A Discourse on the Nature of Crime and Punishment in the Administration of Social Justice in an African Culture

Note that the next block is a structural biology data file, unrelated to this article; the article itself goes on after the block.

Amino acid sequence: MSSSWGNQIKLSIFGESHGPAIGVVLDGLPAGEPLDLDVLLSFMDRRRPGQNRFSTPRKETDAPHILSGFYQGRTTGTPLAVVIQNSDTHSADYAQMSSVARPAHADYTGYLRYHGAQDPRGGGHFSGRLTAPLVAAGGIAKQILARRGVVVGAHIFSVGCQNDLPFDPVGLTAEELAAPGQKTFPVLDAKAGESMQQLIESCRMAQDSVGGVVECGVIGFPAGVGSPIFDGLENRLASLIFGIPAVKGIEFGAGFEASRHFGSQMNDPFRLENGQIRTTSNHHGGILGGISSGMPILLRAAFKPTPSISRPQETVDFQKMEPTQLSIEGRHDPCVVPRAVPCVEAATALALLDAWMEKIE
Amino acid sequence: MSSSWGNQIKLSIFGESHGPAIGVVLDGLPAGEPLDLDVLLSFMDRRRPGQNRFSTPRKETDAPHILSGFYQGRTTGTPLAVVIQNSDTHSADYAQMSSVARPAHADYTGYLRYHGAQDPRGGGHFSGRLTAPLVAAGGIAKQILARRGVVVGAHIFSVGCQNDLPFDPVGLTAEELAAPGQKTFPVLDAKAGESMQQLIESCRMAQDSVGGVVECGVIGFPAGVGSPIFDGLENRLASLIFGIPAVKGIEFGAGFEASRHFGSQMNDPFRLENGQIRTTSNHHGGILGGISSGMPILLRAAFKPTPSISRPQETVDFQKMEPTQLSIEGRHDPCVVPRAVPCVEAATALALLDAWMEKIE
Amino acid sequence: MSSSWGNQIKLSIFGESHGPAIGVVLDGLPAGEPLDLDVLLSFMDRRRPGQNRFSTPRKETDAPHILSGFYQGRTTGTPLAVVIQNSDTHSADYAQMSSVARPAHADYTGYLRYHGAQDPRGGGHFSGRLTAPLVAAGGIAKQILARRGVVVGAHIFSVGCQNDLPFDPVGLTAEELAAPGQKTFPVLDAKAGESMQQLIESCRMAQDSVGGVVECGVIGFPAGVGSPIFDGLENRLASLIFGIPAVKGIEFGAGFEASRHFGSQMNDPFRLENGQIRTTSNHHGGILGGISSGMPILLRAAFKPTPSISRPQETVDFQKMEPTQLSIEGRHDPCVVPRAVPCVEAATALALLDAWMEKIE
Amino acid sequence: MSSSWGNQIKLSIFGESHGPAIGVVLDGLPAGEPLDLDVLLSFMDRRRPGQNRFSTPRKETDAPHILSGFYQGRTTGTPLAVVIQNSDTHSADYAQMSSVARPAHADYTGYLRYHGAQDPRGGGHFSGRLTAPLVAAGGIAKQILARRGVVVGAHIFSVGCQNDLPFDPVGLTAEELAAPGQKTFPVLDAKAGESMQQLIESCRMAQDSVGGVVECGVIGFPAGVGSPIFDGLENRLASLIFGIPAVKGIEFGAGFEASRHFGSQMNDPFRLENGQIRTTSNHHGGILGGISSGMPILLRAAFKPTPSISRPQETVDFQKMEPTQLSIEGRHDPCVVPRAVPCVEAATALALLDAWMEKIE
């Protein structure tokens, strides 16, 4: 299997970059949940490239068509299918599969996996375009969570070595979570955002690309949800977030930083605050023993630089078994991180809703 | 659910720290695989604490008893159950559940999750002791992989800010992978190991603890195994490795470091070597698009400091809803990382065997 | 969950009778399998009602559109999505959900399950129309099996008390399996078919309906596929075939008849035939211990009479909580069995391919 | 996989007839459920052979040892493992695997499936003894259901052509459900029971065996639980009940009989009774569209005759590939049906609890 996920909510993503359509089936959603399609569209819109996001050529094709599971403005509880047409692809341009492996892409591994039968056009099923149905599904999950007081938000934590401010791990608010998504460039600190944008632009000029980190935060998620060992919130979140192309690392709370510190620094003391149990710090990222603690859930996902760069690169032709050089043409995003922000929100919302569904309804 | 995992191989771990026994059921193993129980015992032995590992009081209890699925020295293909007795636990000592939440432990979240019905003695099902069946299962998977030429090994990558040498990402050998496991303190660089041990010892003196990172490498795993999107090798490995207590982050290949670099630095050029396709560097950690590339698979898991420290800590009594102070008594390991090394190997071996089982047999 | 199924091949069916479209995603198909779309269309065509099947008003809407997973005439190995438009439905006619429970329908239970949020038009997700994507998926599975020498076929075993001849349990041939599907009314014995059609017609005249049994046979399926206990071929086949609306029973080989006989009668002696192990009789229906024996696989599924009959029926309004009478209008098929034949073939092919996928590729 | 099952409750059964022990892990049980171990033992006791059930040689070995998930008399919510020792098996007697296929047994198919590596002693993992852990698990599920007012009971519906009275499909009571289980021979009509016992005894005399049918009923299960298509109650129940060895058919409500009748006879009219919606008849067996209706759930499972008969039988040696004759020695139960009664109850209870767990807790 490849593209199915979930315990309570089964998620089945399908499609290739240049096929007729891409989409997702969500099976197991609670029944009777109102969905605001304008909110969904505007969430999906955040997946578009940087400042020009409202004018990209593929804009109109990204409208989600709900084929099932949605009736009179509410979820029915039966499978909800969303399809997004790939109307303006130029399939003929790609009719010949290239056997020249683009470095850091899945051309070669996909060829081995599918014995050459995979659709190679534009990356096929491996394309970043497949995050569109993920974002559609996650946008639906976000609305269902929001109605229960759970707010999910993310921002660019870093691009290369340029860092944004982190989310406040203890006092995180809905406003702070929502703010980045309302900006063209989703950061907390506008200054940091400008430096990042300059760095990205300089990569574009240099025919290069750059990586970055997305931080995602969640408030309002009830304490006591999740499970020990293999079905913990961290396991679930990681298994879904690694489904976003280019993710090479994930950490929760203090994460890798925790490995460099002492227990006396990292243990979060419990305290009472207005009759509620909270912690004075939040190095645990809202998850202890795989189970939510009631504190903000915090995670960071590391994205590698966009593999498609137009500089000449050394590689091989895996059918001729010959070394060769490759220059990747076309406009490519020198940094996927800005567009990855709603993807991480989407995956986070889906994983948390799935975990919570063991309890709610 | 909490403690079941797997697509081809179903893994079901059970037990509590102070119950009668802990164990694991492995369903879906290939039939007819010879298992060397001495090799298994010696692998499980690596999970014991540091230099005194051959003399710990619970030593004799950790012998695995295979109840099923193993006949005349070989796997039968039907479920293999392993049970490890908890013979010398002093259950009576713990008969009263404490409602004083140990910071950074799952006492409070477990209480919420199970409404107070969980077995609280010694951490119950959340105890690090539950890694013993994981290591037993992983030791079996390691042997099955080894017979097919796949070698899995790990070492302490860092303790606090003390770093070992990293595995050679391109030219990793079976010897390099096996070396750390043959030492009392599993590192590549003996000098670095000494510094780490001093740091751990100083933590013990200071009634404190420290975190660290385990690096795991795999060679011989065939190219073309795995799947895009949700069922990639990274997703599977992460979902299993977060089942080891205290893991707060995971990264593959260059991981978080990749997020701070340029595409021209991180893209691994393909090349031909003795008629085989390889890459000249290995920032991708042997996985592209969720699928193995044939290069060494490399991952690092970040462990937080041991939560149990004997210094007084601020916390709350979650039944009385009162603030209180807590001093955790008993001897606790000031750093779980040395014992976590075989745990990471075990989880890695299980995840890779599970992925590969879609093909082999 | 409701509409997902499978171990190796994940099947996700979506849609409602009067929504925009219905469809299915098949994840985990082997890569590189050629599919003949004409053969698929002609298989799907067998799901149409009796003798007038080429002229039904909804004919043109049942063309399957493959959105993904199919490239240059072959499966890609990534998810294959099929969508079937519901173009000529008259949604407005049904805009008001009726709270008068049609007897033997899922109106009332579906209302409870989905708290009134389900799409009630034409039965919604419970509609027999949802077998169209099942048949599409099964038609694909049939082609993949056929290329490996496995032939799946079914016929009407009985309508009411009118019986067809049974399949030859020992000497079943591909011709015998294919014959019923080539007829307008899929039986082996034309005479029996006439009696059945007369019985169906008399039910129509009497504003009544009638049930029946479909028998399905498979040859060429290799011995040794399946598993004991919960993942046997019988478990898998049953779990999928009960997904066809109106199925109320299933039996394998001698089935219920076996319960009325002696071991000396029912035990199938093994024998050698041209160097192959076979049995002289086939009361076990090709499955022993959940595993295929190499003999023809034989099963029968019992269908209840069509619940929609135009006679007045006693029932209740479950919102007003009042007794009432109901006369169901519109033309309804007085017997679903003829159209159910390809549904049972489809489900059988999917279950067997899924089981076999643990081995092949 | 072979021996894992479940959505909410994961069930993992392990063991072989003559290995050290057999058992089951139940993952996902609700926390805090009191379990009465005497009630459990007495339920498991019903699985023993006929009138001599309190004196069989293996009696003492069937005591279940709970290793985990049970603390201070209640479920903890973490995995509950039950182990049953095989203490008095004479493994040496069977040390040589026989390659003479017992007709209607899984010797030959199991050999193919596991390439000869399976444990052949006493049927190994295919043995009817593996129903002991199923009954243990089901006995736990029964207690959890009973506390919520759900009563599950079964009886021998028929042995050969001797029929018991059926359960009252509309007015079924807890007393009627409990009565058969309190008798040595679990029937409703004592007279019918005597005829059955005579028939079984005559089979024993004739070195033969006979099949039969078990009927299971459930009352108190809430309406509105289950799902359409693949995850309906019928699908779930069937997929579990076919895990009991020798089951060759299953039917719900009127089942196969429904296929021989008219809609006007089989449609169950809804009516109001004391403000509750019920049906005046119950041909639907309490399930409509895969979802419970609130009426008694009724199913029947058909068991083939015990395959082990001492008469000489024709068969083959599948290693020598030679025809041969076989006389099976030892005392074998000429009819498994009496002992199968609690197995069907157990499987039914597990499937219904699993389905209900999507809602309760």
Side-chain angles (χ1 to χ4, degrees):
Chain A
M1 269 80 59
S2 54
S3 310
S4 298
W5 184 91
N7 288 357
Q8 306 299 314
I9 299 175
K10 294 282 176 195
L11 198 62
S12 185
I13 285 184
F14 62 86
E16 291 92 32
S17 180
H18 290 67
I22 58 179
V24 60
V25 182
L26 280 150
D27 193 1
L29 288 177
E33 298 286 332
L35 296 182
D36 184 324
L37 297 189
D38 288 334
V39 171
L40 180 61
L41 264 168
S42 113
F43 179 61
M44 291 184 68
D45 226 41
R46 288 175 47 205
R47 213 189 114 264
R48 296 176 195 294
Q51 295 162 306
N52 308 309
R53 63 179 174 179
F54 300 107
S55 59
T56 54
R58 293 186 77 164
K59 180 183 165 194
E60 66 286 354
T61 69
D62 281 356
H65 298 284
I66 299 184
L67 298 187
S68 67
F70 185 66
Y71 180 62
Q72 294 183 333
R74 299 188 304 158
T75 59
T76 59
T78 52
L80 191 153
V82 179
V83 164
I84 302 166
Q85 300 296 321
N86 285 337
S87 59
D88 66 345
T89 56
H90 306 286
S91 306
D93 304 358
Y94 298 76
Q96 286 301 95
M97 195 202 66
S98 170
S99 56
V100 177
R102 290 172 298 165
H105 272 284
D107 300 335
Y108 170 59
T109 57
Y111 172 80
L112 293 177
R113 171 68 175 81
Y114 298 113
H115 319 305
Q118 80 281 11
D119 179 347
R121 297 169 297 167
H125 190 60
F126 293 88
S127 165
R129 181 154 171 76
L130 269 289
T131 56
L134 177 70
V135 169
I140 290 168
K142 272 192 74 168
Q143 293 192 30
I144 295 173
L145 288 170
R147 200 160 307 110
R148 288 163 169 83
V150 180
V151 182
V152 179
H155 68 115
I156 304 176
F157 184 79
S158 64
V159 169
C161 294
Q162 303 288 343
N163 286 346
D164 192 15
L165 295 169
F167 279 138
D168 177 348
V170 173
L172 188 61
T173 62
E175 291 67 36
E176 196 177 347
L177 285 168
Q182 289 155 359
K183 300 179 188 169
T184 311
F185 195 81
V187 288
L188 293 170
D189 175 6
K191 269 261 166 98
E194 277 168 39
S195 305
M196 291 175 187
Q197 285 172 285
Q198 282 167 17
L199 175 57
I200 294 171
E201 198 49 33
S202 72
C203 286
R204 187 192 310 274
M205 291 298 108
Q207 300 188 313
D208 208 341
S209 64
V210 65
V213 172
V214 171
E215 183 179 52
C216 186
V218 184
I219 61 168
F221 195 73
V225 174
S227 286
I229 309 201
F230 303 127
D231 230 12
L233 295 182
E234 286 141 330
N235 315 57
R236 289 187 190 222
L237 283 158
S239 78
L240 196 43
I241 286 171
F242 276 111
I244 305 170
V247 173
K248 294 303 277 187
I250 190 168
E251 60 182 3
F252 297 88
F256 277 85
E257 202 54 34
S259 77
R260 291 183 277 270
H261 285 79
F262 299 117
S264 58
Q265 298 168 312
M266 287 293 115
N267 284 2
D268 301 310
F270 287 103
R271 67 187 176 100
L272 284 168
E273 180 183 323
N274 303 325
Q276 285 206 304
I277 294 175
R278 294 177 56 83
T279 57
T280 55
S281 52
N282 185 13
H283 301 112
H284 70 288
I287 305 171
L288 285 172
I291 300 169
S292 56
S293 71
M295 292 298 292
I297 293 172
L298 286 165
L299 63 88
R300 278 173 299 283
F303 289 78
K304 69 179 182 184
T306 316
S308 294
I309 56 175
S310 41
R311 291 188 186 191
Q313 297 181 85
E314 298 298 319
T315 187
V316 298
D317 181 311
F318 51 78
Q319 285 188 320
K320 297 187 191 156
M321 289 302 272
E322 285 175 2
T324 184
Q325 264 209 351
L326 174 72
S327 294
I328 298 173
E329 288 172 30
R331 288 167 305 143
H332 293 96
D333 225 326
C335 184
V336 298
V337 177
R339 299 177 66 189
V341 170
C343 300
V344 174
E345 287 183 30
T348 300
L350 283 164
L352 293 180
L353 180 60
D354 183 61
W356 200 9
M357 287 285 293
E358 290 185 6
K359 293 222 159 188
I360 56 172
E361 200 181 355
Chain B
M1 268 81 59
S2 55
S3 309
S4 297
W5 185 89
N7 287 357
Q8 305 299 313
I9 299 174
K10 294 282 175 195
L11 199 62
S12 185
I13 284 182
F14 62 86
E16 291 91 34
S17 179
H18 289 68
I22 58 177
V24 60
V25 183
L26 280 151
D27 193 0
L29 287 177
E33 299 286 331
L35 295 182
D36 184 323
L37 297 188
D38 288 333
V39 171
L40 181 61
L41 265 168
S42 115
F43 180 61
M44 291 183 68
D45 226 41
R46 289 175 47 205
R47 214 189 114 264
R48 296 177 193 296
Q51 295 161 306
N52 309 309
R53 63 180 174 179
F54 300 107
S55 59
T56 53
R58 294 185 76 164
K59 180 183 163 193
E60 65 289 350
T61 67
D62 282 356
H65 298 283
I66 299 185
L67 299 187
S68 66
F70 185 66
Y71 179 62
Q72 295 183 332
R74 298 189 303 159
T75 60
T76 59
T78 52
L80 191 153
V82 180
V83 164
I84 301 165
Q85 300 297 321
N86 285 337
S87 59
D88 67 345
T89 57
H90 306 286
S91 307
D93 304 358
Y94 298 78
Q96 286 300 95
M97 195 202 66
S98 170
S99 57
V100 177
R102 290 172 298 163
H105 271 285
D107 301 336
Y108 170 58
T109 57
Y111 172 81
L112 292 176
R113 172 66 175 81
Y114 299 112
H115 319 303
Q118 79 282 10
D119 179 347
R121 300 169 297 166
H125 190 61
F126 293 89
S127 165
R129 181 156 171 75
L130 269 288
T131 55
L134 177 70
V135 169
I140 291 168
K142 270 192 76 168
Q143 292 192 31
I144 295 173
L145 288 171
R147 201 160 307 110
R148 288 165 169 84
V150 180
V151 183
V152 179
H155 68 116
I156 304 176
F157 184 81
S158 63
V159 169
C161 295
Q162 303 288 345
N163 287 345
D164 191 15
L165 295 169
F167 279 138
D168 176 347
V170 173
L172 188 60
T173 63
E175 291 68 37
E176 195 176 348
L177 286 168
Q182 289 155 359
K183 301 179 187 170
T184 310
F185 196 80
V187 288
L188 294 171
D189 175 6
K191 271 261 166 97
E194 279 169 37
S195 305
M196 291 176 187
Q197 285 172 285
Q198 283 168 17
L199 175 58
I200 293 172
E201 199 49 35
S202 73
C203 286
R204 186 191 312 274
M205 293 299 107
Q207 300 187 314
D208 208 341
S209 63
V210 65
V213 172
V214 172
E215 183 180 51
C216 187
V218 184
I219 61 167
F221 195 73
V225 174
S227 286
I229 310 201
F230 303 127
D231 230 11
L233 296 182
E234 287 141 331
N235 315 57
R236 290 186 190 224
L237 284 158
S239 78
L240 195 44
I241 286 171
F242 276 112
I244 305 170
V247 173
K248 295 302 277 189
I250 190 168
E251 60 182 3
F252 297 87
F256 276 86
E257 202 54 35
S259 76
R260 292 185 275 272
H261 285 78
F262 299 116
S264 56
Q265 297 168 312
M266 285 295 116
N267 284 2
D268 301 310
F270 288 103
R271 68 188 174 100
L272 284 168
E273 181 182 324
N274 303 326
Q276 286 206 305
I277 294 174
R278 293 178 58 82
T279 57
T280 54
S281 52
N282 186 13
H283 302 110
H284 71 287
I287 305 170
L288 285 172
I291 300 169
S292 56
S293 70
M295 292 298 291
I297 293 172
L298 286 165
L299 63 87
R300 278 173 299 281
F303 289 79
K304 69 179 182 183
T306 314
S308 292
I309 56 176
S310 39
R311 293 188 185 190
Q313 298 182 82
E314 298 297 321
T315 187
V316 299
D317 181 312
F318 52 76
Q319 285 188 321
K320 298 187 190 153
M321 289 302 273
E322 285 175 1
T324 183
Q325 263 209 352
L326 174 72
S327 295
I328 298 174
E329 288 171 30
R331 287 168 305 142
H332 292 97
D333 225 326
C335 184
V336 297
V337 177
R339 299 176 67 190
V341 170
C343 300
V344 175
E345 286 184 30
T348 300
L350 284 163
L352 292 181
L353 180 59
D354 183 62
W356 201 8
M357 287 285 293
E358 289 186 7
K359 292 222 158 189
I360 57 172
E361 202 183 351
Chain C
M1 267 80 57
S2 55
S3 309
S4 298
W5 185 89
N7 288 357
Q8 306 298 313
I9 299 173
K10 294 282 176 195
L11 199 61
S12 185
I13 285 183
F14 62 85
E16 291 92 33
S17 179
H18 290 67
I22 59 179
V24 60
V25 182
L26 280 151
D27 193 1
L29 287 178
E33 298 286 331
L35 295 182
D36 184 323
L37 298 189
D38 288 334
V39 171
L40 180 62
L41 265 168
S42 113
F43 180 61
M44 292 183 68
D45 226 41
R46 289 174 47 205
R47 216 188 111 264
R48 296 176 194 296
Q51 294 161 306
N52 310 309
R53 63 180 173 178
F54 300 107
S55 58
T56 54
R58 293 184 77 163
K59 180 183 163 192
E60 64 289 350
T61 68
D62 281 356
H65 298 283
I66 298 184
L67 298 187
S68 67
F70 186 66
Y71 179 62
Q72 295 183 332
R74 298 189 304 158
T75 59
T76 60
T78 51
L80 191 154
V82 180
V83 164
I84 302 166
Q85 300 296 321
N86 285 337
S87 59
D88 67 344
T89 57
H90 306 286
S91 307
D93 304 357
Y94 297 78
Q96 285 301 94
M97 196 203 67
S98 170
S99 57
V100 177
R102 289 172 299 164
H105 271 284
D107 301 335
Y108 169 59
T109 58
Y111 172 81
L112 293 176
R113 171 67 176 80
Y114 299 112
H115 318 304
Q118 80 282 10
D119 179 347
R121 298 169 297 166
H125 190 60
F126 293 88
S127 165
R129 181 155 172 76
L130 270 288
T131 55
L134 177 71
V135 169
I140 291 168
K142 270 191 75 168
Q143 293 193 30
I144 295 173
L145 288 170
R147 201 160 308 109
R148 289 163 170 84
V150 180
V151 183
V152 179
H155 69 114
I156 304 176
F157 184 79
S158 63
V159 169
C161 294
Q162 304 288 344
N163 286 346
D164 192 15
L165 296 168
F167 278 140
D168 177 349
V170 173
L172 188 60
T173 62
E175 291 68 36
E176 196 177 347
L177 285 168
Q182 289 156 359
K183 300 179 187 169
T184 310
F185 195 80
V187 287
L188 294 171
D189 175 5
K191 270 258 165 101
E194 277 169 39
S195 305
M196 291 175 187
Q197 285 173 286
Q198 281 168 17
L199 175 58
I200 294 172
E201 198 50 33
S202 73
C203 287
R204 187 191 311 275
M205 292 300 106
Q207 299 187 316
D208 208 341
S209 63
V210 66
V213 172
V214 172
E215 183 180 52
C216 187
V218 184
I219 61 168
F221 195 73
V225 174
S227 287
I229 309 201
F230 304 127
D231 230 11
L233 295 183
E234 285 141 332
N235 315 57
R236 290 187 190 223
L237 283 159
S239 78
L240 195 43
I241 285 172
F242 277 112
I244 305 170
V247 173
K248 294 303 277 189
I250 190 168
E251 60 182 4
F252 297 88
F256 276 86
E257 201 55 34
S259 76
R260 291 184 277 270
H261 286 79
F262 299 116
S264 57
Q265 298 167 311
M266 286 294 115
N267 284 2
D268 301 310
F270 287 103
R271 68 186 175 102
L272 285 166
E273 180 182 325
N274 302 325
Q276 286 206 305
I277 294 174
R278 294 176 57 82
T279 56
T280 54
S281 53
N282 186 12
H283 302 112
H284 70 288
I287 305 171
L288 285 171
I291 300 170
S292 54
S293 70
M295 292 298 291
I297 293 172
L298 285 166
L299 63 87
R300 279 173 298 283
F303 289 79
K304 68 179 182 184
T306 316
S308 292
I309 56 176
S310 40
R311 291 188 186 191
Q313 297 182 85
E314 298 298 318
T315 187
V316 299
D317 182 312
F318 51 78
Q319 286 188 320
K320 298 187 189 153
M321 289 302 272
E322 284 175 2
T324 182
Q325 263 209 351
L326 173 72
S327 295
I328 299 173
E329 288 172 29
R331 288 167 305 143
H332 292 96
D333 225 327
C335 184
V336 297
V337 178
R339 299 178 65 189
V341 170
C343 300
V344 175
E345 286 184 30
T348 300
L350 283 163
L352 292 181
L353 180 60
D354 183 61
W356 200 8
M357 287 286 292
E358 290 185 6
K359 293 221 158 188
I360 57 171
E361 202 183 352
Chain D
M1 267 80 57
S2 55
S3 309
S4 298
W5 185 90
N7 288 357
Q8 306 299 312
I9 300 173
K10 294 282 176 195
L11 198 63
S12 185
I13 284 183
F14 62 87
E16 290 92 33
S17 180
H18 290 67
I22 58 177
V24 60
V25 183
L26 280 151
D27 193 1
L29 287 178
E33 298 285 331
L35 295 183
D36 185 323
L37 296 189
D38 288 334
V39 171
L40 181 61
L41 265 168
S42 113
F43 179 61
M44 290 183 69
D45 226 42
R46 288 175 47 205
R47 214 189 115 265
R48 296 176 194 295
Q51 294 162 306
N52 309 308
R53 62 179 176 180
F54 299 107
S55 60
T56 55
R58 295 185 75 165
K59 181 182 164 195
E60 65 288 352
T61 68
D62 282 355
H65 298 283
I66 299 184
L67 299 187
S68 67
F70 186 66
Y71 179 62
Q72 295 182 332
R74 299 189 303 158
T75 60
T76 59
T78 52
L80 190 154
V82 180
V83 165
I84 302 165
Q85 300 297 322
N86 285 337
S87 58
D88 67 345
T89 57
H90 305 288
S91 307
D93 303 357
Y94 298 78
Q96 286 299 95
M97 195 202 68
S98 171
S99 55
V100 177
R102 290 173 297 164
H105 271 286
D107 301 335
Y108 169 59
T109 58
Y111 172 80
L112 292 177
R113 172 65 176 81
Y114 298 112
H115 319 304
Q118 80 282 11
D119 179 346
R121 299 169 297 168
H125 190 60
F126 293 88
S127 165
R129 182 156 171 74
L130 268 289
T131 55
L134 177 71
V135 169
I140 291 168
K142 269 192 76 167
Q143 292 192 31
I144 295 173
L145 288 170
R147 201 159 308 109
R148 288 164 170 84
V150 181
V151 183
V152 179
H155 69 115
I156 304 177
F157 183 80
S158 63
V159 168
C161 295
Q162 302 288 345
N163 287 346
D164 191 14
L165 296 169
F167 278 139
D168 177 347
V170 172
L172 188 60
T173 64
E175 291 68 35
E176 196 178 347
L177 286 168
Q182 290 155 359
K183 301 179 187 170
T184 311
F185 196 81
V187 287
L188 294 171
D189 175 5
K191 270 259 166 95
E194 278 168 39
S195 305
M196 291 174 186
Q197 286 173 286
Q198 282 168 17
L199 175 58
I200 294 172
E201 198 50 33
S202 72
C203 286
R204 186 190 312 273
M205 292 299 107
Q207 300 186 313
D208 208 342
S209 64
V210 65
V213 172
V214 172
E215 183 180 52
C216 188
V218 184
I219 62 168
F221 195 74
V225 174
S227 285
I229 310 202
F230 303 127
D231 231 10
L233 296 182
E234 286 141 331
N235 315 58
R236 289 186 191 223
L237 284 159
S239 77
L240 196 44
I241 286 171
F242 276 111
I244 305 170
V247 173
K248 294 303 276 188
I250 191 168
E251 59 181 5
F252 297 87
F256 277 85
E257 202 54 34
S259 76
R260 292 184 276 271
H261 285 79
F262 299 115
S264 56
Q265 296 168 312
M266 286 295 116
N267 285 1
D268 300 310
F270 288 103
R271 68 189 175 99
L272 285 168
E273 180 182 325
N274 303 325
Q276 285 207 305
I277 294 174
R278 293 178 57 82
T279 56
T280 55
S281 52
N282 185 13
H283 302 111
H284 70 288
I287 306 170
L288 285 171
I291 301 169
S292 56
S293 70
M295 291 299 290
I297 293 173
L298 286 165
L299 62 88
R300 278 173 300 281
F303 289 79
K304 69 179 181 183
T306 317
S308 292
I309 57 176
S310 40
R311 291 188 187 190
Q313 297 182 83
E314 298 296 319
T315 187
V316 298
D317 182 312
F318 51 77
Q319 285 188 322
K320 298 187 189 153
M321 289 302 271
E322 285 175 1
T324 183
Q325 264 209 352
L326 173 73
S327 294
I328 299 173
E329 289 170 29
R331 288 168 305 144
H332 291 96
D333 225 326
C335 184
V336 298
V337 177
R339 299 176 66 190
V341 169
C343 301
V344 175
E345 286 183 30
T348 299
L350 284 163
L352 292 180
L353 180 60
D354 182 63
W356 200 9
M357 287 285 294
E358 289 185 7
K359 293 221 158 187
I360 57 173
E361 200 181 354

Ideally, crime connotes violation of a given statute while punishment is the penalty meted out to a criminal to correct the culprit and deter potential offenders. However, the administration of punishment varies from culture to culture. The variation in culture and value in the context of commensurability of a given punishment to the degree of the offence committed has made the administration of crime and punishment cumbersome. While some cultures recognise the need for punishment to be complemented by forgiveness without undermining the delivery of social justice, others do not. This article evaluates the nature of crime and punishment in the administration of social justice from the perspective of an African culture. The paper adopts the critical and prescriptive methodology. It submits that it is important to take an insightful look at the traditional Yoruba conception of crime and punishment given its embedded spirit of forgiveness which appears to run contrary to the dominant contemporary western values. It concludes that such approach, if carefully considered, has the potential of fostering better social ethics in contemporary society.